Friday, 1 February 2013

Alex Maskey at Auschwitz

Sinn Fein MLA Alex Maskey visited the Auschwitz concentration camp in September 2005 as part of a project involving the Belfast Jewish community and supported by Belfast City Council.
Auschwitz was the largest of the Nazi concentration and extermination camps during the Second World War and was described by Reichsfuhrer SS Heinrich Himmler as the place of 'the final solution of the Jewish question in Europe.'

This week at Stormont there was a small exhibition of photographs from Auschwitz as well as an accompanying booklet which contains photographs of Auschzwitz and as short introduction by Alex Maskey.
Jewish victims at Auschwitz
I welcome the fact that Maskey was brought face to face with the horror of Auschwitz and I welcome his visit for a number of reasons.

Recently Gerry Adams apologised for the killing of Garda Jerry McCabe by the IRA and he is now being challenged about the murders of many RUC men in Northern Ireland.  The murder of a policeman in Northern Ireland is no different from the murder of a policeman in the Republic.  Murder is murder and it is wrong.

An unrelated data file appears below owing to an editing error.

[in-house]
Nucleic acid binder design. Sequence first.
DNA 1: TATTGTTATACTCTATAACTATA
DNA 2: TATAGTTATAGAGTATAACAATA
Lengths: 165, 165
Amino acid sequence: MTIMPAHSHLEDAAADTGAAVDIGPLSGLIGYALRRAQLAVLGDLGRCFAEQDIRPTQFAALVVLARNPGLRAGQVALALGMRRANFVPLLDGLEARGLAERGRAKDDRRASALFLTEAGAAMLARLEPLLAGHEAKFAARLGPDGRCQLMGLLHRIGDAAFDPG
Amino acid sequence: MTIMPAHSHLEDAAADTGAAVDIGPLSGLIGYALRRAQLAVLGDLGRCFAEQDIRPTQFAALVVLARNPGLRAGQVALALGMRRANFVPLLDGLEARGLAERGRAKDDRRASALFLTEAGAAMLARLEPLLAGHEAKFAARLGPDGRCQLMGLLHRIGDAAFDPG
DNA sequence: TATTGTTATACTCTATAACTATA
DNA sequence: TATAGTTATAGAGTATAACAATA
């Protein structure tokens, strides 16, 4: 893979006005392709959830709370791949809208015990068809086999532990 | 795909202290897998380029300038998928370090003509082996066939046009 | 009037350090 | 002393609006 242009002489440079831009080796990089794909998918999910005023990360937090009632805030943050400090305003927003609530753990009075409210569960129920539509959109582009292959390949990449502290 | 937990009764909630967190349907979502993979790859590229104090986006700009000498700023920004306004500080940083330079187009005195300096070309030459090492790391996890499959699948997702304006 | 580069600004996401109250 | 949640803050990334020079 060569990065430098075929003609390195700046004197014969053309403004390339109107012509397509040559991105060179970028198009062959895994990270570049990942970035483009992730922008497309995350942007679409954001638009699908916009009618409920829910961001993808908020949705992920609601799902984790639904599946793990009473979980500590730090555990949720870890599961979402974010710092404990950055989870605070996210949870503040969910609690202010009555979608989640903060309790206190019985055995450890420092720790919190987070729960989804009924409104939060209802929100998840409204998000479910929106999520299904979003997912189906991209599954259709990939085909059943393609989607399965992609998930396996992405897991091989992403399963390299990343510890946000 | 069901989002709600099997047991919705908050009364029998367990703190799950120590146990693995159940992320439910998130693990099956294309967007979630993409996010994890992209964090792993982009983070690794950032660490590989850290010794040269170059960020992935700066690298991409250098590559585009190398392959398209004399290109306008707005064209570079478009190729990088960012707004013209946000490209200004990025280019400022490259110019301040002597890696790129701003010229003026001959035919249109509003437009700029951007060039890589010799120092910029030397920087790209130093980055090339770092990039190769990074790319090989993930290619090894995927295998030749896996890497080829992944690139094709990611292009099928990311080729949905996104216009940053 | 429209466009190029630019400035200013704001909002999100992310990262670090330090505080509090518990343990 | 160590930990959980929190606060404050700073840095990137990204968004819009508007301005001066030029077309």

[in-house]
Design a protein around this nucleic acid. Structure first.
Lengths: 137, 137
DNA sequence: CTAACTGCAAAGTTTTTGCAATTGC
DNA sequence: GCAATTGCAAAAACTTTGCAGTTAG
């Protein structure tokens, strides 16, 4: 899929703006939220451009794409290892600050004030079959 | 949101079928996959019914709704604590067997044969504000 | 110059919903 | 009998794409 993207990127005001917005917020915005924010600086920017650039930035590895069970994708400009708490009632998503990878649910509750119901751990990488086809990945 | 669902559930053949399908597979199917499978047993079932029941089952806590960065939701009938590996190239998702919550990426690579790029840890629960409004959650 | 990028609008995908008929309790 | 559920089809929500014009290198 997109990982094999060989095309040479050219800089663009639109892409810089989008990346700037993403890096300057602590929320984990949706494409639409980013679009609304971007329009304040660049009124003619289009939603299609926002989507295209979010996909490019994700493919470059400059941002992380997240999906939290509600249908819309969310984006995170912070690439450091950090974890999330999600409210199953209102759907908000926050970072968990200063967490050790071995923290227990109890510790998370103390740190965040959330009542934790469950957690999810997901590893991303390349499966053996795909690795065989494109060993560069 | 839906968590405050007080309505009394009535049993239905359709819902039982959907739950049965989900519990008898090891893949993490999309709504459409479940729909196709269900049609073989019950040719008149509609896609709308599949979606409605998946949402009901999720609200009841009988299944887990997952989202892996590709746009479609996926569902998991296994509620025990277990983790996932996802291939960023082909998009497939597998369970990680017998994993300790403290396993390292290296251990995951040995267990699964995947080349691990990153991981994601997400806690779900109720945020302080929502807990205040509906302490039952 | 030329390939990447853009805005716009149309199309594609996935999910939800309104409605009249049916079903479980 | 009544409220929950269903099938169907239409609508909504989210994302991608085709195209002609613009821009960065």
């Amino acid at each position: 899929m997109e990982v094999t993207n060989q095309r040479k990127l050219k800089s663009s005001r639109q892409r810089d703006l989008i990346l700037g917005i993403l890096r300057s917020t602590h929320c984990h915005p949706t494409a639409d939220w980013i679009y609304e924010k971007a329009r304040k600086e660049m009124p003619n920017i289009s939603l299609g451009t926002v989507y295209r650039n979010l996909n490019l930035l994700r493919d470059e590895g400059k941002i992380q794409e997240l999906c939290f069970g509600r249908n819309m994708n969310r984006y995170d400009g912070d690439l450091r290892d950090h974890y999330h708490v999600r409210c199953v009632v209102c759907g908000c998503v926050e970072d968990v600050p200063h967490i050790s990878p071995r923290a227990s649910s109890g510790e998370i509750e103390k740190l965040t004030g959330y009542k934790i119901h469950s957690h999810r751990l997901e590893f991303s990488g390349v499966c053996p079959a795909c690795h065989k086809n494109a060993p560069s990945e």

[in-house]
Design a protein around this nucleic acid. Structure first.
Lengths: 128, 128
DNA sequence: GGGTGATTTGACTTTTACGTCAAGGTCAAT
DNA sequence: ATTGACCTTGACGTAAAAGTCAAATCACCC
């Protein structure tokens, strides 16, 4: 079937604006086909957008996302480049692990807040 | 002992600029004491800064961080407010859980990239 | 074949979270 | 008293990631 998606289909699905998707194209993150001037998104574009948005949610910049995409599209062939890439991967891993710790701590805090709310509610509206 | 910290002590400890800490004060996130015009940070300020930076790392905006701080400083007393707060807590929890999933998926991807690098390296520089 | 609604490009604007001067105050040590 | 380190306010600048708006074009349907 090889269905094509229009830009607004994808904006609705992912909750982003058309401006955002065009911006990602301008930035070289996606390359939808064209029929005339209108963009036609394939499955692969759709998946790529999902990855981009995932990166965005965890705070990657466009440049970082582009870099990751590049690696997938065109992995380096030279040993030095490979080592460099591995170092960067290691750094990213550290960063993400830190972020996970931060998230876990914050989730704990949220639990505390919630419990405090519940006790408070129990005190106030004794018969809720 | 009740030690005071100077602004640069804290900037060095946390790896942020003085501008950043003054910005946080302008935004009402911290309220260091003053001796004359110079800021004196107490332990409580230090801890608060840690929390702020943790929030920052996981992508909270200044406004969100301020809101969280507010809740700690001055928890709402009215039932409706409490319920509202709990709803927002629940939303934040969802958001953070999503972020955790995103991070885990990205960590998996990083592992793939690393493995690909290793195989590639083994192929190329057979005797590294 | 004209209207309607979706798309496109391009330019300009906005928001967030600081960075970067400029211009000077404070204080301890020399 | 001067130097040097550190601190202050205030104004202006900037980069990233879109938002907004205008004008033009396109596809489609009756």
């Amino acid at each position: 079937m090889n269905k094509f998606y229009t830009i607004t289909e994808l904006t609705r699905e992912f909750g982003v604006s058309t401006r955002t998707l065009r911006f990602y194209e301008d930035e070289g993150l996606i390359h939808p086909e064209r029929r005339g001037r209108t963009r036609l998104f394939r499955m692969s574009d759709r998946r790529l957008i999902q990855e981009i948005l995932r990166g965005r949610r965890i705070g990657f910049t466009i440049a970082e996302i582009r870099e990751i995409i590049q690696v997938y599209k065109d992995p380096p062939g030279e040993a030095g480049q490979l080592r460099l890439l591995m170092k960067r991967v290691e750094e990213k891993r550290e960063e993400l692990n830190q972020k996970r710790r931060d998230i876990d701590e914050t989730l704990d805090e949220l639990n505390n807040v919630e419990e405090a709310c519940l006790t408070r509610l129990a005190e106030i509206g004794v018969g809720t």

But Sinn Fein has also to face up to earlier episodes in the history of Irish republicanism and one of those is the Second World War.  During that war, when many Ulstermen and Irishmen were fighting the Nazis and the Fascists in Europe, the IRA collaborated with the Nazis..  They collaborated with the people who were responsible for Auschwitz and every other evil of the Nazi regime.
That is part of the IRA story that republicans want to forget and of course they are good at forgetting what they want to forget.  I have posted before about the collaboration between the IRA and the Nazis and indeed books have been written about it and television programmes have been produced about it.
Moreover it cannot easily be dismissed by the current generation of Sinn Fein as merely some ancient aberration with which they have no connection.  The IRA emphasises and honours the idea of continuity with the past.  They see themselves as another stage in the struggle, building on the struggles of their forebears and they make much of those who can look bace to earlier generations in their families who perhaps fought in the War of Independence or in the ranks of the IRB. 

I hope that members of Sinn Fein will reflect not only on the horrors of the Nazi concentration camps but also the fact that the IRA collaborated with the Nazis, albeit in a wholly incompetent manner.  That incompetence does not in any way minimise the guilt of the republican movement.

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